White balance: This refers to the color of light. Direct sunlight at noon is considered a normal color temperature (nice and white), and all light is compared to this. For example, light from an incandescent light bulb appears more ‘yellow’ than white sunlight. On the opposite side of the spectrum, shady areas appear more ‘blue’ than sunlight. In photography, we refer to these differences as being “warmer” (or more yellow) and “cooler” (or more blue) than our neutral sunlight reference point.
In most instances the camera will detect the white balance setting that best suits the light conditions. Alternatively if you are aware of the type of light, simply adjust the white balance setting in the camera menu and it should give you a nice neutral photo that is much like sunlight. If you are using your smartphone it should automatically adjust the white balance for you if the light is a bit ‘warm’ or ‘cool’ so the photo comes out nice and neutral.
Light and reflections
As I mentioned before, photography is the art of capturing light. Some photos you see will have a backdrop and no shadows as shown below.
Others show a light source coming from a single direction which in turn cast shadows as per real life.
Playing with shadows can be a lot of fun and change the feeling of the images you produce. I predominantly build automotive kitsets, and with glossy paint and clear windows. The kitsets give off reflections depending on the light source and direction you are looking at them from. There is a clever little device that allows you to manipulate these reflections if you would like to step your photographs up just that little bit extra.
Above is a Circular Polarising filter commonly known as a ‘CPL’ in photography circles. They are available for both digital cameras and smartphones. They attach to the end of the lens and have a top piece of glass that rotates, and in turn changes the way light reflects off a subject. I use this to make sure my windshields and large panels don’t have that white reflection beaming off them. The reflections don’t disappear totally, but they shift allowing you some control over where they sit on the subject.
In the above photo I wanted the windshield and the top of the hood to have no reflection. So with a half twist of the filter the reflections suddenly shift off that area of the car and the desired area is just that… as seen below.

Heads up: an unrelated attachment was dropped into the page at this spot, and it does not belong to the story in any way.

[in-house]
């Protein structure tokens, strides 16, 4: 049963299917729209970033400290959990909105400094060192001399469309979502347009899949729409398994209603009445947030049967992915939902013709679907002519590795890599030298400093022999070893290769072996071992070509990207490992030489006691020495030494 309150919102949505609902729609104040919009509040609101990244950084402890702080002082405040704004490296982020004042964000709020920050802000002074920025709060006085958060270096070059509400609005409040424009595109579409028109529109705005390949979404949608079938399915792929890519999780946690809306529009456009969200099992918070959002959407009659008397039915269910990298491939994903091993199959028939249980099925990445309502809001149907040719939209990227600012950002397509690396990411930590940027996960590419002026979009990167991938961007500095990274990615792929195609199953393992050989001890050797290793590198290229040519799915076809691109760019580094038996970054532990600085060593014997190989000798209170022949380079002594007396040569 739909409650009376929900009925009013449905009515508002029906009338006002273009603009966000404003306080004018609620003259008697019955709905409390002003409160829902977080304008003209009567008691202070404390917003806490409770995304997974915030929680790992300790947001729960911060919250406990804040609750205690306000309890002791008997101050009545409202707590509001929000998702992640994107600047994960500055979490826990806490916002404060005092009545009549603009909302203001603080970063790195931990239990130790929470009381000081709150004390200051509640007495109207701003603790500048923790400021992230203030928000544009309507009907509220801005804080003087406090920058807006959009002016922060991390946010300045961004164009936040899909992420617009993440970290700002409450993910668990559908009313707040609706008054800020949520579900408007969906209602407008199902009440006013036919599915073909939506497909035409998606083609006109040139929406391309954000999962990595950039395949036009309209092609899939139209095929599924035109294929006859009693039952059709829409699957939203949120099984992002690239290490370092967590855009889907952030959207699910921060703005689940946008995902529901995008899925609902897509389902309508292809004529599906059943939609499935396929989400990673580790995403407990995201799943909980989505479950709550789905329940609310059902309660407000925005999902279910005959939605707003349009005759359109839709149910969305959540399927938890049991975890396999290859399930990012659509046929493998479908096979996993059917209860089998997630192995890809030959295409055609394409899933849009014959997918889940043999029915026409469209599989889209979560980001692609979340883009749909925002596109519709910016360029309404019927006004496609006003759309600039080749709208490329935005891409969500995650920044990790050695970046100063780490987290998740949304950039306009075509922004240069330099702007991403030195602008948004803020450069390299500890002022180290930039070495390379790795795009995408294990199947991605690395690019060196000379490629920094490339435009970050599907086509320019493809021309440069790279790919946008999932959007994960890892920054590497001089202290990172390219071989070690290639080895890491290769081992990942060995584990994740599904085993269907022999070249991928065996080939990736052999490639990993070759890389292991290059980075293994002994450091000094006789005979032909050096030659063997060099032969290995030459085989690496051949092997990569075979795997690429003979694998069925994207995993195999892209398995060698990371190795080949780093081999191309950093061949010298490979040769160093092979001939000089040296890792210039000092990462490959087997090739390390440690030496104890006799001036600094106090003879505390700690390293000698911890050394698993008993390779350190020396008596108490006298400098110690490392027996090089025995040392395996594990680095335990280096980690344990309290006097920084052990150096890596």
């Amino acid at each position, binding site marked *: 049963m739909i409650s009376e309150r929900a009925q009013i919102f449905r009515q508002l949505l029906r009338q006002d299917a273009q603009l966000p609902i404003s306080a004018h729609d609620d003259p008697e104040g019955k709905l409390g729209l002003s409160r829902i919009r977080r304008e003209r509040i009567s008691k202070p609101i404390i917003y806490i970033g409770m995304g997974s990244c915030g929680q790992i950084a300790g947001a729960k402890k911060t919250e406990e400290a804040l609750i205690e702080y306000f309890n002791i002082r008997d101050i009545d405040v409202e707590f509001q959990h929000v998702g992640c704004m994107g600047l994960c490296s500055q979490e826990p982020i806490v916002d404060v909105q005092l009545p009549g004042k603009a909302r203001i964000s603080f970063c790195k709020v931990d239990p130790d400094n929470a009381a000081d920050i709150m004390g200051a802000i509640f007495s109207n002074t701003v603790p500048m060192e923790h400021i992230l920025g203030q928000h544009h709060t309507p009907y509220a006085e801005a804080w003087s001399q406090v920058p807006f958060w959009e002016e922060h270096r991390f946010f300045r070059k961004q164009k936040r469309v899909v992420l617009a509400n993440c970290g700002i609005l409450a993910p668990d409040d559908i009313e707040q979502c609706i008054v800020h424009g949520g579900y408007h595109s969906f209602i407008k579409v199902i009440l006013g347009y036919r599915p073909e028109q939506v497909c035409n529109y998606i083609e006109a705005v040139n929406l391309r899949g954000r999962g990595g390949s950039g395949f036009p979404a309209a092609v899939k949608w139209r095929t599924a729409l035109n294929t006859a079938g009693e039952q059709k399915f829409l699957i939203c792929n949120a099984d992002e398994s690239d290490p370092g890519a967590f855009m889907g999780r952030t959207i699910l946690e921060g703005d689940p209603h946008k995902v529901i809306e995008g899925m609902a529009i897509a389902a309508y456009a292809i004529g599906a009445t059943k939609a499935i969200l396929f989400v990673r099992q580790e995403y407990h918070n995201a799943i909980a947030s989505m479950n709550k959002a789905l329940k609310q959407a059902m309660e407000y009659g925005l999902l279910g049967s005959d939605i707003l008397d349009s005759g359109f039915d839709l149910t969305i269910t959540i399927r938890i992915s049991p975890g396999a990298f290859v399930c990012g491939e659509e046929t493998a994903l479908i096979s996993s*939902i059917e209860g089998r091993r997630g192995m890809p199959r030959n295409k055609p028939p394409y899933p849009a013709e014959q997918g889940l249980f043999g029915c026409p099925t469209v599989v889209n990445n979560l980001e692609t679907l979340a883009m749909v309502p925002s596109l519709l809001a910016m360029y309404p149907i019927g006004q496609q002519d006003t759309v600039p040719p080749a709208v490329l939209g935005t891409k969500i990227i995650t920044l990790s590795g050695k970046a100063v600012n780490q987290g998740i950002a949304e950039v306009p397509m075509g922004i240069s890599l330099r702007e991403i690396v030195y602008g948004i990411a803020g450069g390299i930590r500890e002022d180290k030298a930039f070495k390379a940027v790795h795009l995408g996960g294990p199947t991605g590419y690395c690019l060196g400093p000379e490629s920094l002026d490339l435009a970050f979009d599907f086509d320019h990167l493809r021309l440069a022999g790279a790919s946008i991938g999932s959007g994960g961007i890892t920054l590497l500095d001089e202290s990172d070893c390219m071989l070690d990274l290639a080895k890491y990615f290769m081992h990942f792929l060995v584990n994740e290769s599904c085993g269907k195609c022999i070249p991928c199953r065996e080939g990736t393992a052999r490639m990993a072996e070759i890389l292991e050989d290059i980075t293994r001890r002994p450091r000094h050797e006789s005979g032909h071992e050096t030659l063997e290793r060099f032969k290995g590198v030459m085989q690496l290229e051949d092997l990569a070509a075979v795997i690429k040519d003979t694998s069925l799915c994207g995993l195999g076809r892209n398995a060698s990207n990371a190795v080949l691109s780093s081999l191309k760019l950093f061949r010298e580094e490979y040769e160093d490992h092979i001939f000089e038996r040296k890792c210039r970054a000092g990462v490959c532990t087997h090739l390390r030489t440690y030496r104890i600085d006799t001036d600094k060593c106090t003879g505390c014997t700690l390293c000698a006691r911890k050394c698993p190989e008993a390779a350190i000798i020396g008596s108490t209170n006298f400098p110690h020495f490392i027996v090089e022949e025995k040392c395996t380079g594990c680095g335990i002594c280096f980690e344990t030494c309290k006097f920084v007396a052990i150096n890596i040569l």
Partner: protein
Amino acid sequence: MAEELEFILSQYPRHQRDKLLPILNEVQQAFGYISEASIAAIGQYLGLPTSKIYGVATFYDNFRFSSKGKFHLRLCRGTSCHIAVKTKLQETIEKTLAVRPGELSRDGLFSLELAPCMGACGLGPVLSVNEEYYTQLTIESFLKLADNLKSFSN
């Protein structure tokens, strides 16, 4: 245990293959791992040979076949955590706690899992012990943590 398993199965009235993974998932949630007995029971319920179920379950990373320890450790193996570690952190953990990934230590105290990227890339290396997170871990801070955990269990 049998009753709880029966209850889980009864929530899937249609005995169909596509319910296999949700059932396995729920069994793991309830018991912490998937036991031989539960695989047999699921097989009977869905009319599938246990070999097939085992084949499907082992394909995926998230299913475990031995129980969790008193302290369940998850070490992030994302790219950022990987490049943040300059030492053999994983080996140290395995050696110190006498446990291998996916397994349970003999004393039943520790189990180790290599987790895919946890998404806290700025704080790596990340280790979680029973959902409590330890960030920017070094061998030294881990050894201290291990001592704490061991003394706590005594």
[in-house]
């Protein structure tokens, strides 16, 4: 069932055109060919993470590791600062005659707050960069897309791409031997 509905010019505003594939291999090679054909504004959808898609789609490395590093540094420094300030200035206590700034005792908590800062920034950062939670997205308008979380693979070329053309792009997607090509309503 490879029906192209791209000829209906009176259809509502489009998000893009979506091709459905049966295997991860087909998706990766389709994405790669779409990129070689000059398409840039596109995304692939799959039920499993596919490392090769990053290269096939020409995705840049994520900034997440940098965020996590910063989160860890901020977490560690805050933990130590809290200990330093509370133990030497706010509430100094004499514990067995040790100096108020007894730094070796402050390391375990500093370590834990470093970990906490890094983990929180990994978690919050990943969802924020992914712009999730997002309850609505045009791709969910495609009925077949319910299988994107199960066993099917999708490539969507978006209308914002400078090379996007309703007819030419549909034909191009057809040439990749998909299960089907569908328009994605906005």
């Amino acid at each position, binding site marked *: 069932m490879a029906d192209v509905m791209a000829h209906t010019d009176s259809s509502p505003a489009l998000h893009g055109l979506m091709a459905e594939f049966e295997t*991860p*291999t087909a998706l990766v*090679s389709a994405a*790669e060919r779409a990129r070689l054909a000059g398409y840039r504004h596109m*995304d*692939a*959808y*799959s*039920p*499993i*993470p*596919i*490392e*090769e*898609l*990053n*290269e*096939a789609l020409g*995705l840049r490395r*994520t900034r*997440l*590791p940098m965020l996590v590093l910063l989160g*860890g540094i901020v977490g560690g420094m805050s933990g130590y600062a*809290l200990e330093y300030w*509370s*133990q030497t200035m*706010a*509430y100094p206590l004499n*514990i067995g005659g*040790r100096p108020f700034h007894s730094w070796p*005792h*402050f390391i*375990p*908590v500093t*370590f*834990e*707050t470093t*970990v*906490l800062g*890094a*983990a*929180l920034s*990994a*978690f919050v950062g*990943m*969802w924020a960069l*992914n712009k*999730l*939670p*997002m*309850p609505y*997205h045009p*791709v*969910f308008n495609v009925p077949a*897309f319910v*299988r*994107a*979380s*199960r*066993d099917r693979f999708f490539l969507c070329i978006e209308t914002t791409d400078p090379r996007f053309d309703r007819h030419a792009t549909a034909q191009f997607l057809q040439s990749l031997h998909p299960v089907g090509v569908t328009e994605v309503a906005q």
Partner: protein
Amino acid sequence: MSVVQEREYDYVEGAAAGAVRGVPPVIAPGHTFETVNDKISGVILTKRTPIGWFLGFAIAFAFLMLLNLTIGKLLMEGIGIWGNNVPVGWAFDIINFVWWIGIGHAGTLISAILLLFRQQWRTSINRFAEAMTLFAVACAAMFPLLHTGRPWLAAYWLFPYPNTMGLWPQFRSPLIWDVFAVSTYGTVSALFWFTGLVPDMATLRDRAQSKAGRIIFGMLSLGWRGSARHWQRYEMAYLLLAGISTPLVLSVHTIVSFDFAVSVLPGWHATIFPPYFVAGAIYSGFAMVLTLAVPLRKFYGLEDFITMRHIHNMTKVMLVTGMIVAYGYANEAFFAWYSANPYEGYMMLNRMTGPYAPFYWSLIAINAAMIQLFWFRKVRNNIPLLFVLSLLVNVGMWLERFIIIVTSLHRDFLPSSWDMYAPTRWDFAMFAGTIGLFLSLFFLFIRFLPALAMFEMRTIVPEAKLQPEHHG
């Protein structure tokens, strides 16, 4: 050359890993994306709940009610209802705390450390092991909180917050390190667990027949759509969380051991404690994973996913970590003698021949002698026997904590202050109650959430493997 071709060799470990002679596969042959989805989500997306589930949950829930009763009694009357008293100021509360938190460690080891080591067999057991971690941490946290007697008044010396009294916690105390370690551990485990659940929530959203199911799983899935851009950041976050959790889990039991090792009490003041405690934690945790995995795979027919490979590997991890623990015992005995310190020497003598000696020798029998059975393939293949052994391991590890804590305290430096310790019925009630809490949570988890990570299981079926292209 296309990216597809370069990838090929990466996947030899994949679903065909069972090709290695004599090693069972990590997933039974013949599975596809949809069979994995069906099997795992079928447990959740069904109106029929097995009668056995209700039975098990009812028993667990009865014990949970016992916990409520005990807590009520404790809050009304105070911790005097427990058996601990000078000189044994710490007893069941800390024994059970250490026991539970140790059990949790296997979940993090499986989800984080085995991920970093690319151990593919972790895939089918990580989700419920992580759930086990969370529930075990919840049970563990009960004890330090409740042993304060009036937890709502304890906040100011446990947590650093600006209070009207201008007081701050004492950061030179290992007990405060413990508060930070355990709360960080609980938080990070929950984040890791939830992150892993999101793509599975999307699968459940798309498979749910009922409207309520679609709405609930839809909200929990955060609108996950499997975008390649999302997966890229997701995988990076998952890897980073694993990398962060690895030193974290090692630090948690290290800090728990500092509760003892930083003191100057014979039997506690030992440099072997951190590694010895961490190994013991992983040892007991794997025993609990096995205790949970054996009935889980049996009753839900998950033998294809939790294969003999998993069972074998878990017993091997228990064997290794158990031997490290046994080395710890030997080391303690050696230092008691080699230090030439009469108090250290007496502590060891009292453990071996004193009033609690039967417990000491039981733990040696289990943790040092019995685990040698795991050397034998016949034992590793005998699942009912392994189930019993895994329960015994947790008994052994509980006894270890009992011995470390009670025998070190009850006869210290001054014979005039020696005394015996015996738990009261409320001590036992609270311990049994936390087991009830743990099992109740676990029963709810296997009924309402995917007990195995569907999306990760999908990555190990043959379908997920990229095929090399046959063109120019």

The trade off is that now the reflection has shifted to the side of the driver’s door, so with some additional fine tuning I find a happy medium between the two images and settle on the following one.
The same works for cars, aircraft and anything with a flat surface which light can reflect off.
Two for One
Another simple yet highly effective trick that you may have seen used is the following one: the mirror image photo.
If you want to recreate this type of image all you need is a piece of clean glass. I took mine from an A3 size photo frame purchased for $10 to achieve this style.
Simply place the glass on your backdrop and then at roughly eye level you will notice a beautiful reflection appear.
The brighter your subject the more visually impacting the image will appear. If your backdrop is black paper then this effect becomes particularly striking, too! Be creative, add more than one subject and experiment with light angles to put your own spin on the images you make.
Let there be (artificial) light!
Shooting with artificial light is one of the trickiest aspects of photography as you have to deal with color temperature, shutter speeds, and plenty of other things. As a busy dad I don’t have all that much time to photograph and build during the day now so night time is my new ‘model time’.
That being said, night isn’t the best time to be taking pictures, though. I wanted a simple (and cheap) way to be able to take photos at night and came up with the following setup. I purchased 2 LED selfie ring lights from a local online shop for $13 a piece. They plug into USB power and have 3 color temperatures: warm, neutral, and cool light.
In photography terms this setup is crude but it is cheap, and for the price of the lights they actually do a really good job. They are adjustable, and you have full control of the light direction so get creative!
The biggest thing to keep in mind with photography is much like our beloved hobby it is subjective and there is no right or wrong way to go about it. Find a way that works for you, and most of all enjoy the challenge of producing fun and creative images! Hopefully this little guide has been useful and inspired you to pick up your camera!